This post is part of the blog link-up Well Ordered Days: Honoring God in the Details.
Meal planning makes a huge difference in our lifestyle and helps my home to be well-ordered. It might seem like a small thing, but it impacts so many aspects of home life.
1. Meal Planning is Good for the Budget
Planning your meals means you buy what you need based on a list. Impulse buys are decreased because you are searching for the things on the list rather than browsing the aisle for inspiration.
When I plan well, I make fewer trips to the store. That saves gas and, again, prevents those impulse buys.
With a plan, I can factor in leftovers, slotting them for lunches or dinners later in the week. That means there is less waste — less money thrown away.
Without a plan, there is sometimes a temptation to eat out which we all know is a budget killer. Eating out deliberately because you want to and can afford to is a glorious thing. But eating out because there’s nothing to eat at home makes me feel really guilty.
2. Meal Planning is Good for Time Management
The initial investment of meal planning pays off richly in the absence of dumbly staring into a pantry or freezer wondering what would be good to prepare. Planning your week’s meals truly saves time in the long run.
Because you have a plan, you also don’ t have to worry about “what’s for dinner?” You can devote yourself to your homeschooling or other creative tasks wholeheartedly without the threat of dinner hanging over your head. (Of course, you do have to actually cook the meals. The plan doesn’t do that part for you. I have been known to become engrossed in a project and forget to cook.)
3. Meal Planning is Good for Our Health
When you make a weekly menu, you can look at the overall picture of nutrition. Are we getting a variety of vegetables and fruits? Are our carbohydrates limited and spread out over the course of the week? Is there a run of junk food due to eating at church events or travel that I need to offset with a super-healthy dinner of salmon and spinach salad? (Fortunately, my family loves that meal.)
If the meals aren’t written down, it’s easy to assume you’re eating healthy. But with a written plan, you can clearly see the reality of your diet.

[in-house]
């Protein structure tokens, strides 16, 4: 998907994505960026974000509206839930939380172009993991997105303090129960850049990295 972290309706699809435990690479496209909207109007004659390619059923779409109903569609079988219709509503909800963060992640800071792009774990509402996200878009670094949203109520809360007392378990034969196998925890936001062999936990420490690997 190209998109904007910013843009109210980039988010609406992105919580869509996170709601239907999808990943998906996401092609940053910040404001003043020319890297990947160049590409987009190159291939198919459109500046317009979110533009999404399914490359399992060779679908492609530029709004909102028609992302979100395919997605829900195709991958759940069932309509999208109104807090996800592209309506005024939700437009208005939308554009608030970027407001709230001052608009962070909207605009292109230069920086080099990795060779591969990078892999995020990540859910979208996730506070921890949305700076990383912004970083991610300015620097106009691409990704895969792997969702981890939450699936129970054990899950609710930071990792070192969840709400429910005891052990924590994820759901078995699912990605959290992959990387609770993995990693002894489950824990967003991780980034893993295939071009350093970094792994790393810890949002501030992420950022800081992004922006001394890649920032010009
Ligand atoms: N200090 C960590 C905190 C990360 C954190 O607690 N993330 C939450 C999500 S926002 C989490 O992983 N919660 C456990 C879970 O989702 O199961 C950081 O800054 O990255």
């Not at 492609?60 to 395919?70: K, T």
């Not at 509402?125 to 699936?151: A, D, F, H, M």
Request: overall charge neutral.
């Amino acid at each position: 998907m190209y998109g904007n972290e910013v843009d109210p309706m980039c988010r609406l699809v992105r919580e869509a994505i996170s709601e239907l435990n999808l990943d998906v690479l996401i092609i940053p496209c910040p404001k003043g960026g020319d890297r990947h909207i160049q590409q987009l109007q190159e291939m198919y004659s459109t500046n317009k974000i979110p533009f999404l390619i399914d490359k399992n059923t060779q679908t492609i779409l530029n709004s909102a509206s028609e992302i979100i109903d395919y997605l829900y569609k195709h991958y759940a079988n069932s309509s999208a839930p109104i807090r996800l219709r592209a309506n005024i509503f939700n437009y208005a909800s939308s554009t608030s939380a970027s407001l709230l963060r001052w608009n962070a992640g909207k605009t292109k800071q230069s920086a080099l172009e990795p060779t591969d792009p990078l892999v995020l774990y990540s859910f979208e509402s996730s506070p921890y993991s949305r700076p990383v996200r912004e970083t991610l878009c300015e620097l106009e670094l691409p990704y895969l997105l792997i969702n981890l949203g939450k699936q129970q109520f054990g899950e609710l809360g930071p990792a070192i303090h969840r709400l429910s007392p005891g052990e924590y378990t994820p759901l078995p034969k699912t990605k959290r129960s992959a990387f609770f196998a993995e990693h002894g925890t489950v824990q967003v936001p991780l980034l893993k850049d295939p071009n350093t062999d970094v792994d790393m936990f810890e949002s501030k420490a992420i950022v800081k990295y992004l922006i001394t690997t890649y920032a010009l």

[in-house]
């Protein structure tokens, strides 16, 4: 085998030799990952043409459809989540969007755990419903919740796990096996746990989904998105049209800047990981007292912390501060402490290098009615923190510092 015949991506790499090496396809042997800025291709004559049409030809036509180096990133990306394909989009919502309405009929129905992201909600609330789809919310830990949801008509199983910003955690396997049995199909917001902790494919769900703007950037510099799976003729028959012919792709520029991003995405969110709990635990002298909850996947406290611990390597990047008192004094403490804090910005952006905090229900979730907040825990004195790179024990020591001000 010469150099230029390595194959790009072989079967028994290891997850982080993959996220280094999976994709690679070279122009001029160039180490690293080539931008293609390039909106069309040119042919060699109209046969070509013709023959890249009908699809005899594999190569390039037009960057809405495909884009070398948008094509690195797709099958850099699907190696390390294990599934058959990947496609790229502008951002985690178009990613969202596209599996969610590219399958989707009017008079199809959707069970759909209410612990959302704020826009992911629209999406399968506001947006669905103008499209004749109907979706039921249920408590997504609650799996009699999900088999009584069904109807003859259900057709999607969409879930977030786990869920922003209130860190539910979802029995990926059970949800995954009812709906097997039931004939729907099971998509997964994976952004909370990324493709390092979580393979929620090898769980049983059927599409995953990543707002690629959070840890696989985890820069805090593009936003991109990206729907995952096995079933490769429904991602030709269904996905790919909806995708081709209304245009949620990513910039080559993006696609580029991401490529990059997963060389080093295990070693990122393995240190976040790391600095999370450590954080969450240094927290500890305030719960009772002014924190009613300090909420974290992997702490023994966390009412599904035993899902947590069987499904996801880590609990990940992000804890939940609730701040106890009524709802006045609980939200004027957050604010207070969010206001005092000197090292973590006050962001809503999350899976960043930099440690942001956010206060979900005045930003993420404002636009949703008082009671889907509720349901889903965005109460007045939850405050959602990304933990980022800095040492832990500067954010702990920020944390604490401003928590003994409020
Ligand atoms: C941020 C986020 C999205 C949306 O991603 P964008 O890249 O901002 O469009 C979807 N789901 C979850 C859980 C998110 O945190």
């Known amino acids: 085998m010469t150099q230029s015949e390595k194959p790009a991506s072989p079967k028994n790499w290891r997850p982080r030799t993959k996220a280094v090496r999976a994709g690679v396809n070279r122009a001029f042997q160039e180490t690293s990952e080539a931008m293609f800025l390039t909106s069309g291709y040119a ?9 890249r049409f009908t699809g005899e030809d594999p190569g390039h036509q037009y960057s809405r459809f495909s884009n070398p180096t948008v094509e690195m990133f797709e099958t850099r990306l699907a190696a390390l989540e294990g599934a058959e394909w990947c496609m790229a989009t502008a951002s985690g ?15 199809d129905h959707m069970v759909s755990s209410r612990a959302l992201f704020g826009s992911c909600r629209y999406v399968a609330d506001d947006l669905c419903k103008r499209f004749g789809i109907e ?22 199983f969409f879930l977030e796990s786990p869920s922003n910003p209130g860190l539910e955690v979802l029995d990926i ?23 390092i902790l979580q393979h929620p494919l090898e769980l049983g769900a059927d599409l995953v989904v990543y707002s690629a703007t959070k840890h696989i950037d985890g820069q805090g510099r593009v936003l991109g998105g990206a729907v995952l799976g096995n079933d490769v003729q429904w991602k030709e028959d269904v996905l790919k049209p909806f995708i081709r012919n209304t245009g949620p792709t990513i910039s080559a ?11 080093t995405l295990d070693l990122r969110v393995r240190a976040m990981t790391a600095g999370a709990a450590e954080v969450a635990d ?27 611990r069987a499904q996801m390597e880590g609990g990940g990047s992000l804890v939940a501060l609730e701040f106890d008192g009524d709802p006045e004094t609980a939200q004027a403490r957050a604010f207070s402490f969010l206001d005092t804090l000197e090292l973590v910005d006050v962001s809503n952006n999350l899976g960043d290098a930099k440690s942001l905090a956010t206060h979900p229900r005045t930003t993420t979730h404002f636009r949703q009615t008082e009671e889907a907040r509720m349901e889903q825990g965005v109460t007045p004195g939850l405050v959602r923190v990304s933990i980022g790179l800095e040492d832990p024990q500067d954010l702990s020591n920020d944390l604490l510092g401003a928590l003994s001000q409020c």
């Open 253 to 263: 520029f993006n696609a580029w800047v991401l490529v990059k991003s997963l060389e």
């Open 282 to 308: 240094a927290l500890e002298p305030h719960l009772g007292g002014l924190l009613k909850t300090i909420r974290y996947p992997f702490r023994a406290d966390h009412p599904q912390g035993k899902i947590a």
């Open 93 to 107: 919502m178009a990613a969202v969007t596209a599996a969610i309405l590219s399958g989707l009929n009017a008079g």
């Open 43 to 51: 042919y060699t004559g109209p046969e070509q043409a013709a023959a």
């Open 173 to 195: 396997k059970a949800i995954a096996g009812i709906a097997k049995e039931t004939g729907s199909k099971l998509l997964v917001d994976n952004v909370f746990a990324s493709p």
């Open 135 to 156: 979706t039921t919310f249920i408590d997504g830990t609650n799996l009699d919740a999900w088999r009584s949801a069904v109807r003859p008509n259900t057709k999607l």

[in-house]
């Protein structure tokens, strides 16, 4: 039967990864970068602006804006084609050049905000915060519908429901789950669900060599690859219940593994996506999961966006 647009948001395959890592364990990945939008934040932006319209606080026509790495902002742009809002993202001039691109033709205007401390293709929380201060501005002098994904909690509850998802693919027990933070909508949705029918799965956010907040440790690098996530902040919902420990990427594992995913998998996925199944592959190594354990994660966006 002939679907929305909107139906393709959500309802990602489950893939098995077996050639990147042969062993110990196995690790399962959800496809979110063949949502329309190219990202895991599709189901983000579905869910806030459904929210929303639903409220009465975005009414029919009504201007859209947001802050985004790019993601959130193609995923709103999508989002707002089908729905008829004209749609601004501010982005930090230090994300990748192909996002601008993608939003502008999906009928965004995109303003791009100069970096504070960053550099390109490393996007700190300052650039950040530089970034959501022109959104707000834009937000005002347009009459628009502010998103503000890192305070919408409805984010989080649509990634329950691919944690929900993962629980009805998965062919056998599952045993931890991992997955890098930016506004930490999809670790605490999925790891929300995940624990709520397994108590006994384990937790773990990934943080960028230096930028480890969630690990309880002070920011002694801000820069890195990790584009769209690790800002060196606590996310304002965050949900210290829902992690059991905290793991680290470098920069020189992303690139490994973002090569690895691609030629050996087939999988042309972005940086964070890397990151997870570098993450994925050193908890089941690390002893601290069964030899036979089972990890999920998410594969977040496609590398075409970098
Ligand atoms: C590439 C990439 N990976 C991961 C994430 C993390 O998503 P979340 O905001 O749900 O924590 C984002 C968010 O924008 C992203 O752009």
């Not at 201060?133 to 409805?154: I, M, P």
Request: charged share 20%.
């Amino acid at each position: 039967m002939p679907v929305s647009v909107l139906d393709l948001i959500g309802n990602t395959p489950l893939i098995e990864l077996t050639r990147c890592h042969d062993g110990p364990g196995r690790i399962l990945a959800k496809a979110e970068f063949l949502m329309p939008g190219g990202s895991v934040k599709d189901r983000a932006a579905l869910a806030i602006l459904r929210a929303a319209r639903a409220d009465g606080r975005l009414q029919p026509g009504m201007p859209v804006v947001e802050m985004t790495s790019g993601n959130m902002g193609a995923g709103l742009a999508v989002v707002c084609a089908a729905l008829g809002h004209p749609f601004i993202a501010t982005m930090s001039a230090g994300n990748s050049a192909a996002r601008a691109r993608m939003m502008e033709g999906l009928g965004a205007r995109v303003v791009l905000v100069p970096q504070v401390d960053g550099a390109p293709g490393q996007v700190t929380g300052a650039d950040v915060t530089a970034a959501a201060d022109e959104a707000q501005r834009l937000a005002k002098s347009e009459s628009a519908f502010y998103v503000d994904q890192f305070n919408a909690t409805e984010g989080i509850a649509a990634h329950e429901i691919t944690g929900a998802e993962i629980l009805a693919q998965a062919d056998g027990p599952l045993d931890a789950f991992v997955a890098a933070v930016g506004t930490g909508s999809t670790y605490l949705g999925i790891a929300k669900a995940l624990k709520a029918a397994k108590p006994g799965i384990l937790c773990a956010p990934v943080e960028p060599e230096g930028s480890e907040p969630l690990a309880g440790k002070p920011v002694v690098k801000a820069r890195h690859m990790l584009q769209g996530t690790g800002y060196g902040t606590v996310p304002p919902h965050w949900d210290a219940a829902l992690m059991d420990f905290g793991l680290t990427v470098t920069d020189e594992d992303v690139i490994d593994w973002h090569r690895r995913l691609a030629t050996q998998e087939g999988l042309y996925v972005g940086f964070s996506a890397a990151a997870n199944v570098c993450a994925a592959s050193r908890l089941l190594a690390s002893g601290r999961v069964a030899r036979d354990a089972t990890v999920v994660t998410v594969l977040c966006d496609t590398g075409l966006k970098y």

Meal Planning Tips
- Do plan both main dish and side dishes (and desserts).
- Do take your menu when you go grocery shopping or create your shopping list based on the menu.
- Do write down when you will be eating out.
- Do plan for leftovers (if you usually have them) in the week’s meals.
I still shop the sales, stocking up on items when they are at their cheapest prices, especially meats. The beauty of a well stocked kitchen is that I can begin my meal plans with what I already have. In fact, I normally jot down what frozen meats are in the freezer before I even begin my weekly meal plan. I try to make meals around those options before buying regular priced meats. Using what’s in the freezer also prevents forgotten foods being wasted due to freezer burn.
I use an attractive meal planning sheet just because it makes me happy. You can use boring paper if you like, but if a pretty grid motivates you, I think it’s worth the printer ink.
I make a very flexible plan. Although my meal planning page indicates the days of the week, I flip meals around if I’m not in the mood to cook or eat something.
I plan my meals with my regular calendar in front of me. If I know a certain day will be hectic, I plan for a dinner with less preparation time. But if I know I’ll be home all day, I go for the more elaborate meal. If there is advance preparation to be done (soaking beans, setting up the crockpot, allowing a dessert to set overnight) I indicate that on my meal plan so I don’t forget.
How many of my readers make regular meal plans? If you do, I’d like to know how strict or flexible they are.